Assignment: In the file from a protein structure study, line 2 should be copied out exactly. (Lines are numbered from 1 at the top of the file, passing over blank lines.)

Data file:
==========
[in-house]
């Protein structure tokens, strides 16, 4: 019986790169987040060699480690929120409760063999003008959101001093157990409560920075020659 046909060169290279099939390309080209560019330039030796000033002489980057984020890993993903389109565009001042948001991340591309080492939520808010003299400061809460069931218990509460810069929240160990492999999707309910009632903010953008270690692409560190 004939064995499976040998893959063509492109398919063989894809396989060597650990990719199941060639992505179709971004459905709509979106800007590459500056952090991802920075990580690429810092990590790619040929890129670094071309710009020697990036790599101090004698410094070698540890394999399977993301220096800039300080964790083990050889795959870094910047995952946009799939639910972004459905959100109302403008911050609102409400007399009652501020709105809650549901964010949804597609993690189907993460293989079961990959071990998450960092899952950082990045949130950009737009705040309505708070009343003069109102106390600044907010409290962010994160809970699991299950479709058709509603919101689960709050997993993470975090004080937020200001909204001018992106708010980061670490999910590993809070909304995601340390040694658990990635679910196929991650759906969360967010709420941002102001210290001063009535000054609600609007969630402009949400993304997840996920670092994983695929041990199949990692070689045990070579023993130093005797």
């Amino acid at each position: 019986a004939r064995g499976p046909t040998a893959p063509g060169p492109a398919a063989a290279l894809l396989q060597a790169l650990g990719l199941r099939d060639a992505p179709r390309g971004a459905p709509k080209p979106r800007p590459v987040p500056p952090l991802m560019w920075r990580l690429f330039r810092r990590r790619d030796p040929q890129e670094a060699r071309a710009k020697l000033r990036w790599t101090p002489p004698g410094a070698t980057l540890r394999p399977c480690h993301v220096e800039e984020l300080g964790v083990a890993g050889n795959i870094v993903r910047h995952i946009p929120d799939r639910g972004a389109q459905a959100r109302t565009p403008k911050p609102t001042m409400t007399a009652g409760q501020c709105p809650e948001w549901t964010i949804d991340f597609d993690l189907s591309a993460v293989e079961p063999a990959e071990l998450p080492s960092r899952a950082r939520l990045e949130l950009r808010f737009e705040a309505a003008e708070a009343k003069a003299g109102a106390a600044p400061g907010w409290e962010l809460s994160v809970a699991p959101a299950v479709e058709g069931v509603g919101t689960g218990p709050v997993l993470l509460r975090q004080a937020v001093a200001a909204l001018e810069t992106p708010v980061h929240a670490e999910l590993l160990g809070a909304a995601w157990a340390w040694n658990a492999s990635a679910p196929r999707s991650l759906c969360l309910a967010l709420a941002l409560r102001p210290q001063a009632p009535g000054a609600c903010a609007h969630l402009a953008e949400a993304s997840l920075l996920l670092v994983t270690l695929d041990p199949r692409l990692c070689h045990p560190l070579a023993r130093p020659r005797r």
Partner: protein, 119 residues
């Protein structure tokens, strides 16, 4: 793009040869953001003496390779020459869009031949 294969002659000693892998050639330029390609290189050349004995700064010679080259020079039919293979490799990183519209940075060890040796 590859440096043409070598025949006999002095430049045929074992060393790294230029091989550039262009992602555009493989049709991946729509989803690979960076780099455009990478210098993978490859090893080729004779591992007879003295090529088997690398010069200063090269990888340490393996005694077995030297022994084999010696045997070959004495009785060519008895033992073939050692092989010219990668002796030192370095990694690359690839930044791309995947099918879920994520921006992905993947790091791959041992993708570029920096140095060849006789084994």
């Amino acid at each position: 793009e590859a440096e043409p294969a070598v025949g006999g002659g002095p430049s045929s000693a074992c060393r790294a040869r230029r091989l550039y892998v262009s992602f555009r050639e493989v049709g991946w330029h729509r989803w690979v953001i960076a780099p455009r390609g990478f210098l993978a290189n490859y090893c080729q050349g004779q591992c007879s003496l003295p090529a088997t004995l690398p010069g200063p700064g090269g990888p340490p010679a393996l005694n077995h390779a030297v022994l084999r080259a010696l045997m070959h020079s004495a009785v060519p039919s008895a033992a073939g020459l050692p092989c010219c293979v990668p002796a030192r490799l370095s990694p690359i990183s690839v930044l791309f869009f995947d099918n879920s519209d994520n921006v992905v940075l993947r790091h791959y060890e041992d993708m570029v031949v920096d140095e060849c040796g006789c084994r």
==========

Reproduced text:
């Protein structure tokens, strides 16, 4: 019986790169987040060699480690929120409760063999003008959101001093157990409560920075020659 046909060169290279099939390309080209560019330039030796000033002489980057984020890993993903389109565009001042948001991340591309080492939520808010003299400061809460069931218990509460810069929240160990492999999707309910009632903010953008270690692409560190 004939064995499976040998893959063509492109398919063989894809396989060597650990990719199941060639992505179709971004459905709509979106800007590459500056952090991802920075990580690429810092990590790619040929890129670094071309710009020697990036790599101090004698410094070698540890394999399977993301220096800039300080964790083990050889795959870094910047995952946009799939639910972004459905959100109302403008911050609102409400007399009652501020709105809650549901964010949804597609993690189907993460293989079961990959071990998450960092899952950082990045949130950009737009705040309505708070009343003069109102106390600044907010409290962010994160809970699991299950479709058709509603919101689960709050997993993470975090004080937020200001909204001018992106708010980061670490999910590993809070909304995601340390040694658990990635679910196929991650759906969360967010709420941002102001210290001063009535000054609600609007969630402009949400993304997840996920670092994983695929041990199949990692070689045990070579023993130093005797």